Posted by: Margaret Rouse
when relevant content is
added and updated.
Today’s discovery? Actually, it’s a RE-discovery. Run commands.
Somewhere between Windows 3.1 and XP, I stopped using Run commands. I think I began to associate them with troubleshooting.
The help desk guy asked me to “click Start/then Run,” and a little shiver of fear ran up my spine.
When he asked me to type “regedit,” I knew I was toast. Might as well hang up and order a new hard drive.
For those of you who’ve never used Run commands, click the Start button. In Windows XP, Run is right above Shut Down. If you’re using Vista, you can call it up by using the keyboard shortcut Win + R.
The blue box that pops up when you click Start/Run, and the black and white box that pops up when you type “cmd” in the Run box, are two views of the same thing. The blue Run box just keeps people from going into a coma when they see the DOS prompt.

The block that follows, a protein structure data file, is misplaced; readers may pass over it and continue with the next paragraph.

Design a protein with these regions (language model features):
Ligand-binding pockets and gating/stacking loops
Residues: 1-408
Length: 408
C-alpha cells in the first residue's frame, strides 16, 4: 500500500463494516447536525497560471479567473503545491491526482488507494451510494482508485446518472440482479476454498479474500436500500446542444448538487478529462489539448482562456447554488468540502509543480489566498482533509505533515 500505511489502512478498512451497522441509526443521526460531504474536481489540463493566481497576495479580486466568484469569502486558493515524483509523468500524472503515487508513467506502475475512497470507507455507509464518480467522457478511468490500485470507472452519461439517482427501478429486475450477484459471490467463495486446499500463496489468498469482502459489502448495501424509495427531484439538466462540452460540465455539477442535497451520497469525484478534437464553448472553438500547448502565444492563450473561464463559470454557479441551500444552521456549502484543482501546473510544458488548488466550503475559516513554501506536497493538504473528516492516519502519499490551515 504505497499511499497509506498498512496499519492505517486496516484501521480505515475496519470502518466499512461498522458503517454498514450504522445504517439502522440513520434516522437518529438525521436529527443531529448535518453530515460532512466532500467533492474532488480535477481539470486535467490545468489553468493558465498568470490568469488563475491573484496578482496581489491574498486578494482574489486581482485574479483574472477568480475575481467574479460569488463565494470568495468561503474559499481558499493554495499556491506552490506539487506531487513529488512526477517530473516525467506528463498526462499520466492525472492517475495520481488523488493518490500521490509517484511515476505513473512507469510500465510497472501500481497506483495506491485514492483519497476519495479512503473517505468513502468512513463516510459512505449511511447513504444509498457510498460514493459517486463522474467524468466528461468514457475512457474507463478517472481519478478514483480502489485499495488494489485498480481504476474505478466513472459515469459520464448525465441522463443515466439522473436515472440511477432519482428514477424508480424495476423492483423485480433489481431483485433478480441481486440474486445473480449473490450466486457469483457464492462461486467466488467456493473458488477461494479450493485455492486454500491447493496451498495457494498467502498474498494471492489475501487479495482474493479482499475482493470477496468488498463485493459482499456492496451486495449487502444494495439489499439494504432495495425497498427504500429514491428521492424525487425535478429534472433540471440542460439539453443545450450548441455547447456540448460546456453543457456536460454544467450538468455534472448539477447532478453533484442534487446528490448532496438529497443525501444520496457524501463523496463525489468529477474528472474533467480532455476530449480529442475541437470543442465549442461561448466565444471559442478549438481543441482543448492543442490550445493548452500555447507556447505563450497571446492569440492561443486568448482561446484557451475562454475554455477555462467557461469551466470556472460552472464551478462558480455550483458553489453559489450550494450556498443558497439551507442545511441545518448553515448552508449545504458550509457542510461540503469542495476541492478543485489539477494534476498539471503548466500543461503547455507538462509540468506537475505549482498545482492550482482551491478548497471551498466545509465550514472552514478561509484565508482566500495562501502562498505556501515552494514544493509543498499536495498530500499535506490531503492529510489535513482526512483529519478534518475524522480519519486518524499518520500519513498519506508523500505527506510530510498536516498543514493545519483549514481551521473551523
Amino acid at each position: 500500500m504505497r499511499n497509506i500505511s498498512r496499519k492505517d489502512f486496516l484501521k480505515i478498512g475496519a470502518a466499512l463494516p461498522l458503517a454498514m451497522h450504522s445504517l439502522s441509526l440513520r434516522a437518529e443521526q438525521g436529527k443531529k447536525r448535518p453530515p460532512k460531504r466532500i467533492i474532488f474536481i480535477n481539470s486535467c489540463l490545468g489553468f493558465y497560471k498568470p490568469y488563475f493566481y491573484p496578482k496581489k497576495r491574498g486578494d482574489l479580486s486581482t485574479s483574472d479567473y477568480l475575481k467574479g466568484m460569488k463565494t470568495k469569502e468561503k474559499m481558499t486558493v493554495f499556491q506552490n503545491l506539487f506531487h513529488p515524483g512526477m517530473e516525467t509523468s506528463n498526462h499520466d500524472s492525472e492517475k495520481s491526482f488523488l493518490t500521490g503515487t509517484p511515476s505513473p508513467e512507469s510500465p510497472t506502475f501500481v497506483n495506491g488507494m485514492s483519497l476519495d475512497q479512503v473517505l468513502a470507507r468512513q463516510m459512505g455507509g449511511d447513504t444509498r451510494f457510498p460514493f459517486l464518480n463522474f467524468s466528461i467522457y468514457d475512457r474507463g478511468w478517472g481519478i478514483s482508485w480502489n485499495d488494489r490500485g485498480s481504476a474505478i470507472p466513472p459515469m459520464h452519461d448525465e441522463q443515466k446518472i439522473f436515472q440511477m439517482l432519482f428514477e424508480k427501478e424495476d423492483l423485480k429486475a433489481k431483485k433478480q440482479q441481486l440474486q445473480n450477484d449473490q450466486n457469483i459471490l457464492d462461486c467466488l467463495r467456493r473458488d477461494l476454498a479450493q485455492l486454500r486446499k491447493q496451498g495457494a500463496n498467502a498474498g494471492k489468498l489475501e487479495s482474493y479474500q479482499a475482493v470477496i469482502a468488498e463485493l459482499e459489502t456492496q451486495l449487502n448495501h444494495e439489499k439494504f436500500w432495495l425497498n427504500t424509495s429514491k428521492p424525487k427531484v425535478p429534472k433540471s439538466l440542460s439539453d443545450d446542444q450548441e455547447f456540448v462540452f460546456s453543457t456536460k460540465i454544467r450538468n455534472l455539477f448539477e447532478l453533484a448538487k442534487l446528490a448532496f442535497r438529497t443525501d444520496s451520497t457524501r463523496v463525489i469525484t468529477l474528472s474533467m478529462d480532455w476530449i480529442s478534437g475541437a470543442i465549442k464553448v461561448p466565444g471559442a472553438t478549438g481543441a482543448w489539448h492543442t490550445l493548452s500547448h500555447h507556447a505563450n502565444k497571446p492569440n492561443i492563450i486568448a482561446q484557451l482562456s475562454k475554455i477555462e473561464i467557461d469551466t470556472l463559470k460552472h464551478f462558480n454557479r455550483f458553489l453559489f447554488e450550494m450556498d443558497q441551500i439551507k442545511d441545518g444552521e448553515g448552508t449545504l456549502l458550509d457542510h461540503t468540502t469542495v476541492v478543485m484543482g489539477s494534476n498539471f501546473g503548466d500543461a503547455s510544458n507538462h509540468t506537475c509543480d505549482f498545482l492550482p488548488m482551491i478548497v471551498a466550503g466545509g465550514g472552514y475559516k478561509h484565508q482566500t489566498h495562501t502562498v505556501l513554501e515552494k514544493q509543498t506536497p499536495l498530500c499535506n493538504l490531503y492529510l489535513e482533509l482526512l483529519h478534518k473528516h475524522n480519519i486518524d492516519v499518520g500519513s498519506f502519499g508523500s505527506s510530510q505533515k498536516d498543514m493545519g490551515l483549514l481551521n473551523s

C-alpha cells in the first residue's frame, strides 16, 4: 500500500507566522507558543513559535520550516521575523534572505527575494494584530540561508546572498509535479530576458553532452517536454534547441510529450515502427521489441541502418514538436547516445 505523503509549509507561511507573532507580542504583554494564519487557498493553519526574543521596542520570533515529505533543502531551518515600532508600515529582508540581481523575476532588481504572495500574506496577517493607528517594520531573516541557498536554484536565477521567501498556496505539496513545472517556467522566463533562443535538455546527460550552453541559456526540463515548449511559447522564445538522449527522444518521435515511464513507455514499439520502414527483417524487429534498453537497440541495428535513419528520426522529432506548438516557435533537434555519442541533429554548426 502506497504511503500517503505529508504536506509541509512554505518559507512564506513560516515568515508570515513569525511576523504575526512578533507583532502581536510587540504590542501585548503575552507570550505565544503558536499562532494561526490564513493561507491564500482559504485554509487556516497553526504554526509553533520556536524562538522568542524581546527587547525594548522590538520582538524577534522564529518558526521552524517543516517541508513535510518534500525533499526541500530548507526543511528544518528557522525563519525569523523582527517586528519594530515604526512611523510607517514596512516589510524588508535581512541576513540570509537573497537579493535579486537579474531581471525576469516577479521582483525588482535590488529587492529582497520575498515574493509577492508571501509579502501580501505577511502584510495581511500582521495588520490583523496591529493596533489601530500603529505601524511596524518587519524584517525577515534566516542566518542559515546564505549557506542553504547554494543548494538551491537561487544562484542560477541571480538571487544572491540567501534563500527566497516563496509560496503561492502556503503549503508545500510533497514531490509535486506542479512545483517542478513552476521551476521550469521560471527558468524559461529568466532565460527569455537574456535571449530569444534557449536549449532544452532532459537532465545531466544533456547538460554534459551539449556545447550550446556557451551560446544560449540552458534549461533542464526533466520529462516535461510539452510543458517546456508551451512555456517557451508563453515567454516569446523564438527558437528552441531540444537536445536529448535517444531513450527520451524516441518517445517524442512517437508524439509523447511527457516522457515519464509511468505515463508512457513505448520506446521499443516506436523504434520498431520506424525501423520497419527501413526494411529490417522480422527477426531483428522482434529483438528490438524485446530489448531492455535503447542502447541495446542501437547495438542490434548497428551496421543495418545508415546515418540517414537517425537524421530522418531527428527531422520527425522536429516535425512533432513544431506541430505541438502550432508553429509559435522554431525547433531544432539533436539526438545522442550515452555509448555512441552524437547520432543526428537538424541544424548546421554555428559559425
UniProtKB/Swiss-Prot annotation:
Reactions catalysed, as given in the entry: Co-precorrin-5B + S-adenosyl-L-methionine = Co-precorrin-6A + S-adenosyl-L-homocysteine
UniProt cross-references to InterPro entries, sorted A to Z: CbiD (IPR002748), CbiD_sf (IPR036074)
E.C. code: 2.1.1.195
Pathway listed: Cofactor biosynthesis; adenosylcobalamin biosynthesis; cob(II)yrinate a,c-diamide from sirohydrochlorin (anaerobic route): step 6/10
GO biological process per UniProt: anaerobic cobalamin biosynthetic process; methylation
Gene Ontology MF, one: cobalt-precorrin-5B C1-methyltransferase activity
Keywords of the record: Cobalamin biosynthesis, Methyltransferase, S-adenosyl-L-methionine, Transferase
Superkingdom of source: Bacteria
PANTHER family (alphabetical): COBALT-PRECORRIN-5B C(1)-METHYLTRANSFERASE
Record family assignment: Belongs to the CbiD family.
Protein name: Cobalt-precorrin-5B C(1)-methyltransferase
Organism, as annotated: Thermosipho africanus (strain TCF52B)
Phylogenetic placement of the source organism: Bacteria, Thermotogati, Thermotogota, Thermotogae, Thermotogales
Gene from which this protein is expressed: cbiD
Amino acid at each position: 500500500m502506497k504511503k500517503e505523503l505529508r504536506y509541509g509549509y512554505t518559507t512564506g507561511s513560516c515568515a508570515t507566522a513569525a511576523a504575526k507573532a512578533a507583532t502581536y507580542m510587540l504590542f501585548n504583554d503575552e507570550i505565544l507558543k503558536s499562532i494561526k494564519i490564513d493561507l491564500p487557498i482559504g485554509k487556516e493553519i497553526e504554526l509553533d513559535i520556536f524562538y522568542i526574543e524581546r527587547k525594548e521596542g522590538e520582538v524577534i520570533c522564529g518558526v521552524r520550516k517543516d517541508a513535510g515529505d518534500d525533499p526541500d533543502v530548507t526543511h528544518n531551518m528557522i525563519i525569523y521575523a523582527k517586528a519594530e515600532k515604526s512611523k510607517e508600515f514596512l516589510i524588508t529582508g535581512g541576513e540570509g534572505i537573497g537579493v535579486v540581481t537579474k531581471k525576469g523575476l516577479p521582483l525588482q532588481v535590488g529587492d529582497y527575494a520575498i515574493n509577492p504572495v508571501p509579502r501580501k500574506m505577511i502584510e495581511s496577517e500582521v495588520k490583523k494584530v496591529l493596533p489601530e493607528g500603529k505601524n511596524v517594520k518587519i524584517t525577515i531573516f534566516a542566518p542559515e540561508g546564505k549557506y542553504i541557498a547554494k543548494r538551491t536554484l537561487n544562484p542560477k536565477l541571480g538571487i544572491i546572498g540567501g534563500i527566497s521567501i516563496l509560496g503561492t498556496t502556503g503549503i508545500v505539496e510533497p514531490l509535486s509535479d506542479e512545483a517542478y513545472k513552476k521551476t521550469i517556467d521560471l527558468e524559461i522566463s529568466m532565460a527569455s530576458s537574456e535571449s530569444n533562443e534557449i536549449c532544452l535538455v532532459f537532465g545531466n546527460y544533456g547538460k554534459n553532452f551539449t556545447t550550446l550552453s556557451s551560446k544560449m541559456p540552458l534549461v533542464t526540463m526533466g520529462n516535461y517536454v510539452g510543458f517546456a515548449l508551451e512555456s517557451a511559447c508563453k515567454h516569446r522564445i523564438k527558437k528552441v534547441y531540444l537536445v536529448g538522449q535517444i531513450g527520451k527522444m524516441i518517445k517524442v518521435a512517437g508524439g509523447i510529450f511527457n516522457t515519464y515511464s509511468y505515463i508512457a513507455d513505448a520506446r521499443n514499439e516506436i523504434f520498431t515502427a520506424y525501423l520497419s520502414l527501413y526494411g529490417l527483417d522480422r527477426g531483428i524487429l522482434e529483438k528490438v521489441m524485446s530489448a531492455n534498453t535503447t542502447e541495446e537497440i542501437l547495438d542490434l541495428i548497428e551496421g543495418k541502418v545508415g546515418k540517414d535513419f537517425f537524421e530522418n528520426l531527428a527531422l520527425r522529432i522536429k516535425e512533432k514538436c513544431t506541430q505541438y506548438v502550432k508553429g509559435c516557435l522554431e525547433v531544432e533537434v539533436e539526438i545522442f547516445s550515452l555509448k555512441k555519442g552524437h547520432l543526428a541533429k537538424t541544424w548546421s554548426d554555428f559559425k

Run commands are very handy. You’re not tinkering under the hood where you don’t belong. Microsoft WANTS you to use them.
They even put a friendly little message on the window: “Type the name of a program, folder, document, or Internet resource, and Windows will open it for you.”
It’s like there’s a butler ready and waiting.
Try clicking “start/Run” and then typing in c-a-l-c.
Isn’t that easier than hunting through your desk trying find a calculator when you’re on the phone? Sure you can find it through the program menu, but having Windows deliver it right to you is a lot easier, isn’t it?
How about typing n-o-t-e-p-a-d ? There you go!
Here’s a few more everyday Run command shortcuts for you to try:
winword – launches Word
powerpnt - launches PowerPoint
excel - launches Excel
control – opens control panel
explore – open Windows Explorer
… - opens My Computer
spider - opens solitaire
winver – tells you what version of Windows you’re running
Welcome back Run! We’ve got a cheatsheet with over 100 things Run can do for you.